One of the core components of the American legal system is the right to a trial by jury. While not every civil lawsuit triggers a jury trial, those that do sometimes come with a myriad of issues that the jury must resolve.
In a car accident case, for instance, the jury may be asked to apportion fault between the respective parties, assess compensatory damages, and perhaps resolve other, case-specific issues. The appellate review of a trial court’s entry of judgment on a jury’s verdict can, therefore, be a rather complex endeavor.
Facts of the Case
In a recently decided case, the plaintiffs were the surviving children and personal representatives of the estate of a woman who was killed after she was run over by an 18-wheeler at an intersection. The plaintiffs filed a personal injury negligence lawsuit against the defendants (the truck driver and the company that employed him), and a jury trial resulted in a determination that the truck driver was 50% responsible for the accident, the trucking company was 30% responsible for the accident, and the decedent was 20% responsible for the accident.
The defendants appealed. Via a cross-appeal, the plaintiffs urged that the trial court had made a legal error in failing to award certain members of the family survival damages and a mathematical error in the calculation of the judgment.
Decision of the Court
The Texas Court of Appeals affirmed in part, reversed in part, and remanded the case to the trial court for entry of a judgment in conformity with the court’s opinion on appeal. The trucking company admitted that it was responsible for the tortious acts of its employee, the truck driver, through the doctrine of respondeat superior, but it argued that there was not legally or factually sufficient evidence to support the jury’s finding of negligence against it in its own right. The court disagreed, holding that there was evidence to support the jury’s finding of direct negligence against the trucking company, including testimony to the effect that the trucking company had not used ordinary care in its training of the trucker and in failing to determine whether his seat position allowed him to see in front of the truck.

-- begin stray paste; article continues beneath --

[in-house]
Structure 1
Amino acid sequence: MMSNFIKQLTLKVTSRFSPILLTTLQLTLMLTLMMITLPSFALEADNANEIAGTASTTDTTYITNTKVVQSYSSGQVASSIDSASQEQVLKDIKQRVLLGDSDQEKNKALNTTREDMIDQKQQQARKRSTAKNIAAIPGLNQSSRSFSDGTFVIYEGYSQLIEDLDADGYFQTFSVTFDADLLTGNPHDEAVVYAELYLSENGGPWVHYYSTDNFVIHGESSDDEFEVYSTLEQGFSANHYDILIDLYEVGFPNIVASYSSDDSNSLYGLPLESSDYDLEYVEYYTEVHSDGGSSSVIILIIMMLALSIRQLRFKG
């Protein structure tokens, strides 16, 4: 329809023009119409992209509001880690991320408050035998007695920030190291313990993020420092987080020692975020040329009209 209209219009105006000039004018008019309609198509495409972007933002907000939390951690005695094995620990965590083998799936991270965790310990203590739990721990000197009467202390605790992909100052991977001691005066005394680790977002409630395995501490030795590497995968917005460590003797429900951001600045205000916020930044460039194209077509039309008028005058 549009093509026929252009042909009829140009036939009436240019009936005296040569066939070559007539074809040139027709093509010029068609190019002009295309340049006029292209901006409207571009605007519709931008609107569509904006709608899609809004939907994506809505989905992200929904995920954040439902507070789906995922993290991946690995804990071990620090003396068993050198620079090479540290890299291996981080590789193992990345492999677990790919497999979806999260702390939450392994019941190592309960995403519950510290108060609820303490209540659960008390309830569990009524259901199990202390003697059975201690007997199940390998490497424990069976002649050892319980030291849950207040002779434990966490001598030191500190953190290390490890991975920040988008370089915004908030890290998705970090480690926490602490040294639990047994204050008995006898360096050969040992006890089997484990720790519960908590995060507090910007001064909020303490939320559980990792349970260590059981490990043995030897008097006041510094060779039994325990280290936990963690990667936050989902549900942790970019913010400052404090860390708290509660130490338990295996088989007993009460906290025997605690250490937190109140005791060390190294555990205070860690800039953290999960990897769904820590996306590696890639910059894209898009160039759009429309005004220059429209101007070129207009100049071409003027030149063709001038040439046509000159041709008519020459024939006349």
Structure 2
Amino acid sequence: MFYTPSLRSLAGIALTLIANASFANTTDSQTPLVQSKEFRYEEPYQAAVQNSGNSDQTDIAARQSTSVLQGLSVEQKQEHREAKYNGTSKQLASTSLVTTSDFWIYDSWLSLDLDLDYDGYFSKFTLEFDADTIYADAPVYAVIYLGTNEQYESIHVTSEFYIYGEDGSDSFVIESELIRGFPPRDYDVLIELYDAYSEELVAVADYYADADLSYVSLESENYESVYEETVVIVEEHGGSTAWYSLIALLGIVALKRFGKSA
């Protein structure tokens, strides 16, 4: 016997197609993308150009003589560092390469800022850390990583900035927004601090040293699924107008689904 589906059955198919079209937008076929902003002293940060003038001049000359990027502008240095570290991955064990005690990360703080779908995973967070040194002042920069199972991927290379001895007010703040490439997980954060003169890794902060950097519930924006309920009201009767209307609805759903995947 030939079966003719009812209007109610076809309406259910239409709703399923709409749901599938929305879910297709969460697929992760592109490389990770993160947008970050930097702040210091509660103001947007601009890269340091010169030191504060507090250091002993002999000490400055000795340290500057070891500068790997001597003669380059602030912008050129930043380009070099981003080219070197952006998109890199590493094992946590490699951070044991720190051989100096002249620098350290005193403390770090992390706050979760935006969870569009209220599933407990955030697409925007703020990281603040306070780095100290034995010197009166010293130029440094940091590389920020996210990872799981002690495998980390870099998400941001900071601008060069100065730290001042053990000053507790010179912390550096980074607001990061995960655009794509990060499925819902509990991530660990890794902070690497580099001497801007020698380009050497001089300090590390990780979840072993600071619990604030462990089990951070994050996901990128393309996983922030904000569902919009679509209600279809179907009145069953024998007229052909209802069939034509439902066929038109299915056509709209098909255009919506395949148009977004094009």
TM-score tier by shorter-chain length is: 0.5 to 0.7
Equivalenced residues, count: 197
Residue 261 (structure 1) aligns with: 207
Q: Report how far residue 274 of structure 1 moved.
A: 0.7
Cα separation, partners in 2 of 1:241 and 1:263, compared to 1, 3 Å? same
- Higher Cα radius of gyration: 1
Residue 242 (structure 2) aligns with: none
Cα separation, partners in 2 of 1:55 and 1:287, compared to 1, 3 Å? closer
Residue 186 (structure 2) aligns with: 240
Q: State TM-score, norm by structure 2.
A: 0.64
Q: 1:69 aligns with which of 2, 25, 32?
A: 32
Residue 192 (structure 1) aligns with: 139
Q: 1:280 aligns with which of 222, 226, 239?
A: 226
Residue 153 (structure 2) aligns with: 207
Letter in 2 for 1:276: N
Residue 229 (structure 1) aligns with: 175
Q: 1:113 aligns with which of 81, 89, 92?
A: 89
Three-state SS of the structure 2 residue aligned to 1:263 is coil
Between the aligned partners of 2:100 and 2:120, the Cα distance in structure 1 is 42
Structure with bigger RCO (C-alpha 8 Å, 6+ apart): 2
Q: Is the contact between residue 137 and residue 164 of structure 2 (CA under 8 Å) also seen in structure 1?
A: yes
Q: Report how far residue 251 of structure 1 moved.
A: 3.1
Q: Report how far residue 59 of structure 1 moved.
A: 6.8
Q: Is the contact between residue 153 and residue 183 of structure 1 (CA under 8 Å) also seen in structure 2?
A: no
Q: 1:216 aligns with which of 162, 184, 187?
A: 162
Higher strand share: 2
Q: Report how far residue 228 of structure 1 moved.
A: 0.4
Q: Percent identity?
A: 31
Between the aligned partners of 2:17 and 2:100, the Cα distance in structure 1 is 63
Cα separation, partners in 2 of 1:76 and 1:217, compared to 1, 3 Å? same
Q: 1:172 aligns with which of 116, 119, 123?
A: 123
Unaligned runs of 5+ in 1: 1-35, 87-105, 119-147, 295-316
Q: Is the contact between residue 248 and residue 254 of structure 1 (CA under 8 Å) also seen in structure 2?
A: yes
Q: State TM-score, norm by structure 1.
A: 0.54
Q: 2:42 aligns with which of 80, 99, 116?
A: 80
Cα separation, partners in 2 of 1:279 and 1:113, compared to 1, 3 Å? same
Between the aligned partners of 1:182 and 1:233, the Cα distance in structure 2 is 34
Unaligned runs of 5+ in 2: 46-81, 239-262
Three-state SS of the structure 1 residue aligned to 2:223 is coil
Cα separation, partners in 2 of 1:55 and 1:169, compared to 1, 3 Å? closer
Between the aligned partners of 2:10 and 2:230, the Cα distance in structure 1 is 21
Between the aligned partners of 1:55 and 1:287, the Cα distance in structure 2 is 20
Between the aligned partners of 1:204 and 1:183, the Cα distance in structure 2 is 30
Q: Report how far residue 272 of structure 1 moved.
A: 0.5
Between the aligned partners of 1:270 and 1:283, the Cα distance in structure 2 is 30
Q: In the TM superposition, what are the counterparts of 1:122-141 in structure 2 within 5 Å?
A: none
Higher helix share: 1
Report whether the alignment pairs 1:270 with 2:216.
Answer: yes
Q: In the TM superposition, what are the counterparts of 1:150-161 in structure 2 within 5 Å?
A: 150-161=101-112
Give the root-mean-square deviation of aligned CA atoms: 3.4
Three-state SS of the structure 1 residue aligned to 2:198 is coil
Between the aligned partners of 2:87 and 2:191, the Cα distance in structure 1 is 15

The court also failed to find any reversible error with respect to the jury’s award of $300,000 each in wrongful death damages to two of the decedent’s children. In so holding, the court noted that both mental anguish and loss of companionship and society were compensable, non-economic damages and that they were separate elements of damage that did not overlap.
With regard to the plaintiffs’ cross appeal, the court found that the defendants had failed to properly raise the issue of some of the plaintiffs’ capacity to sue in the trial court and thus the trial court erred in failing to include in its judgment the jury’s award of $406,316. The court likewise noted that the trial court’s judgment did not correctly calculate the amount of wrongful-death damages awarded to the family or the amount of prejudgment interest.
Consult with a Seasoned East Texas Car Accident Attorney
Losing a loved one is difficult under any circumstance. If the loss was caused by another’s careless or reckless actions, it can be even more painful. If you have lost a loved one and would like to talk to a compassionate east Texas wrongful death attorney about the possibility of taking legal action against the person whom you believe was responsible for your loved one’s untimely passing, call Earl Drott Law at (903) 531-9300. Please do not delay in seeking legal counsel, as claims not filed within the statute of limitations are likely to be dismissed on procedural grounds.
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